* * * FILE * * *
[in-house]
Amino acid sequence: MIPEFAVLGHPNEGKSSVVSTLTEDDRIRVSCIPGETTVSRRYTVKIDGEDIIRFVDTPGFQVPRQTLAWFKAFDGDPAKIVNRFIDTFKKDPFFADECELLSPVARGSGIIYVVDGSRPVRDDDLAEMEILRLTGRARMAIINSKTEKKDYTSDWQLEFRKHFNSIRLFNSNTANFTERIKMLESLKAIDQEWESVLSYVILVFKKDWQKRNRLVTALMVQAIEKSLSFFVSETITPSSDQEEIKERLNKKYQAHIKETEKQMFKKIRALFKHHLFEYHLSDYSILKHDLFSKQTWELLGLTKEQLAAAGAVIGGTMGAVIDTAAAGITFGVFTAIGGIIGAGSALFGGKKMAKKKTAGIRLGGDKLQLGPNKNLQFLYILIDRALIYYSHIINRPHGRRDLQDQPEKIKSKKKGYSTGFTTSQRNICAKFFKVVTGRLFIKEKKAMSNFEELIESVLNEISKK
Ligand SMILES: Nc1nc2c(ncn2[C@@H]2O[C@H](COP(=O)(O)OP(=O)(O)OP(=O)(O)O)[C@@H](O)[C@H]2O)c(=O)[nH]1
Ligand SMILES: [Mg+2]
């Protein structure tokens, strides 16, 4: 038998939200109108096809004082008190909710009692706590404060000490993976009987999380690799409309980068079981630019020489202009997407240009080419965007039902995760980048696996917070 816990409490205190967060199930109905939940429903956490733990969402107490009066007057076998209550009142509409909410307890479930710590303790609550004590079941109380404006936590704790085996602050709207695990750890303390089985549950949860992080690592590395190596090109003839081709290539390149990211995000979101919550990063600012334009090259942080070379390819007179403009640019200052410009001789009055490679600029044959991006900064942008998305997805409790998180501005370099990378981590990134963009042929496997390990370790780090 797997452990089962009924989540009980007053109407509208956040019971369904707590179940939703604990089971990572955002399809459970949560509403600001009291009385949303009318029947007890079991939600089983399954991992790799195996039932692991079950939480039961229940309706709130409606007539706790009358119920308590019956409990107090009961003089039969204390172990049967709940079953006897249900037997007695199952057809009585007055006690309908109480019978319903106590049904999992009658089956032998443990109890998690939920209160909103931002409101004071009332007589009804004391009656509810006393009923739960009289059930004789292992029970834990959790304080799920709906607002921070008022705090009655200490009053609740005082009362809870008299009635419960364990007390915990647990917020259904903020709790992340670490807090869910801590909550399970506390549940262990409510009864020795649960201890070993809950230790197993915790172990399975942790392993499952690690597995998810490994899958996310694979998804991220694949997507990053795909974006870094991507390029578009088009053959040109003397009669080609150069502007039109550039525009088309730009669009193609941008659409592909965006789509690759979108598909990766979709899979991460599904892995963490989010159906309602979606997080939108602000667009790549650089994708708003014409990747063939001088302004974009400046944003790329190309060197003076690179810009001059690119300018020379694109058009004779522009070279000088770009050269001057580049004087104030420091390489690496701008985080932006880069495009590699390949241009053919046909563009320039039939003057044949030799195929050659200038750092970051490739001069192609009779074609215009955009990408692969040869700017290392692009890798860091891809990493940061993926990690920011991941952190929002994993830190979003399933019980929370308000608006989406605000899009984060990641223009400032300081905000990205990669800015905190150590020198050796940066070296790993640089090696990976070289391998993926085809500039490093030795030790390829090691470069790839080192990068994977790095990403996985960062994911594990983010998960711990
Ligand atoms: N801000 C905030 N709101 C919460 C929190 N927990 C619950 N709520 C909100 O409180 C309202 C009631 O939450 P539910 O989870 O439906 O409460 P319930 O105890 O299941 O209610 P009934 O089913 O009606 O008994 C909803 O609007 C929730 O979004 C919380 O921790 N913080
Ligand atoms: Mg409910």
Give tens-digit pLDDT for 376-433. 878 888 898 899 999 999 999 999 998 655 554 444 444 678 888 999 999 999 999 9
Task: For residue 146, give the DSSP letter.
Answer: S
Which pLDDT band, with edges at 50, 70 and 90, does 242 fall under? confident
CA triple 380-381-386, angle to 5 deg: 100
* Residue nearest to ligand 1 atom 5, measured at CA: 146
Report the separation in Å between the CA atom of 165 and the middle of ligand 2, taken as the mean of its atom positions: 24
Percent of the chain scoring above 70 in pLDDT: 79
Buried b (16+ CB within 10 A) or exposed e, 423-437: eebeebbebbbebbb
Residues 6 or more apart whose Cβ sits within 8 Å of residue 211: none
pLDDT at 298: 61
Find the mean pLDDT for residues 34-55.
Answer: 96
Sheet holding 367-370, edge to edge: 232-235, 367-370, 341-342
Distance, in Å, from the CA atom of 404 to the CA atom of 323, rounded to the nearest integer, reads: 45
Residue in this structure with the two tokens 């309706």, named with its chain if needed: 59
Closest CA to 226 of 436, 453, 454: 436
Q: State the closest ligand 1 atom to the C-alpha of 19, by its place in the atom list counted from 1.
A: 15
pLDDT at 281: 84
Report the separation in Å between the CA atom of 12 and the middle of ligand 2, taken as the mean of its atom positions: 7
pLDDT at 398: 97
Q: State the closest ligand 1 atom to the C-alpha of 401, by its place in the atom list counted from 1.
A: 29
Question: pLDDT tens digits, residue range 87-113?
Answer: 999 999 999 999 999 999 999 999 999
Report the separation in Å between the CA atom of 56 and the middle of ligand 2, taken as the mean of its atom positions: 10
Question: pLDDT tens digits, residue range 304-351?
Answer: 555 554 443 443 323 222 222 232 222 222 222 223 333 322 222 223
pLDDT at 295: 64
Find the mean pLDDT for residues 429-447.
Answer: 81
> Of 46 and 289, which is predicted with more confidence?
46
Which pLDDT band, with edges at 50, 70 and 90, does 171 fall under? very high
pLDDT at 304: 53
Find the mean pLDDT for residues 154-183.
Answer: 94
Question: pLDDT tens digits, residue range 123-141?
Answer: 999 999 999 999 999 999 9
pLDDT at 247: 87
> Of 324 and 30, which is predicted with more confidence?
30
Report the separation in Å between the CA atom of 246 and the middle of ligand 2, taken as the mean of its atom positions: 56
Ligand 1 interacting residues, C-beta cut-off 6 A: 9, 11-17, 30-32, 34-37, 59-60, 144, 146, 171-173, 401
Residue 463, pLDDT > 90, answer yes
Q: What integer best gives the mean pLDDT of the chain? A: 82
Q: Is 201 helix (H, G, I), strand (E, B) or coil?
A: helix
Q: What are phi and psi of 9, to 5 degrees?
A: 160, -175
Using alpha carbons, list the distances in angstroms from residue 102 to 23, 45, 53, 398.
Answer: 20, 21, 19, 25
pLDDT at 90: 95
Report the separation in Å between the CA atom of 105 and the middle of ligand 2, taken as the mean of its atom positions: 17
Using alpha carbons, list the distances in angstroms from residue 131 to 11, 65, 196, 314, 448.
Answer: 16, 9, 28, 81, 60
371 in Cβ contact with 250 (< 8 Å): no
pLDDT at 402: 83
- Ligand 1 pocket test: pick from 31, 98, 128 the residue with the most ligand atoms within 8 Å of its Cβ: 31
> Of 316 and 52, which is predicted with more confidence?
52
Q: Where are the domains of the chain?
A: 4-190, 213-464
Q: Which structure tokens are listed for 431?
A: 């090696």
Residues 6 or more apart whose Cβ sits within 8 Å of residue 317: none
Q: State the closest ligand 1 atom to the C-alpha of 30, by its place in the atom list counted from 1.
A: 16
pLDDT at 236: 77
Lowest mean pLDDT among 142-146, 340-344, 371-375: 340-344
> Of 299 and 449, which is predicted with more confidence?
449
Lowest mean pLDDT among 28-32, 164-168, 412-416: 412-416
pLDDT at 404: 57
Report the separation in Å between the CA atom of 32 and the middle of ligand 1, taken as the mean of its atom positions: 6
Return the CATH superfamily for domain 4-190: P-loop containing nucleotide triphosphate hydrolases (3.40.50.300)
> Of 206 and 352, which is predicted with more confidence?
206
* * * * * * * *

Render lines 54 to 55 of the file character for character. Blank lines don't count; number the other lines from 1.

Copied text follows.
Q: What integer best gives the mean pLDDT of the chain? A: 82
Q: Is 201 helix (H, G, I), strand (E, B) or coil?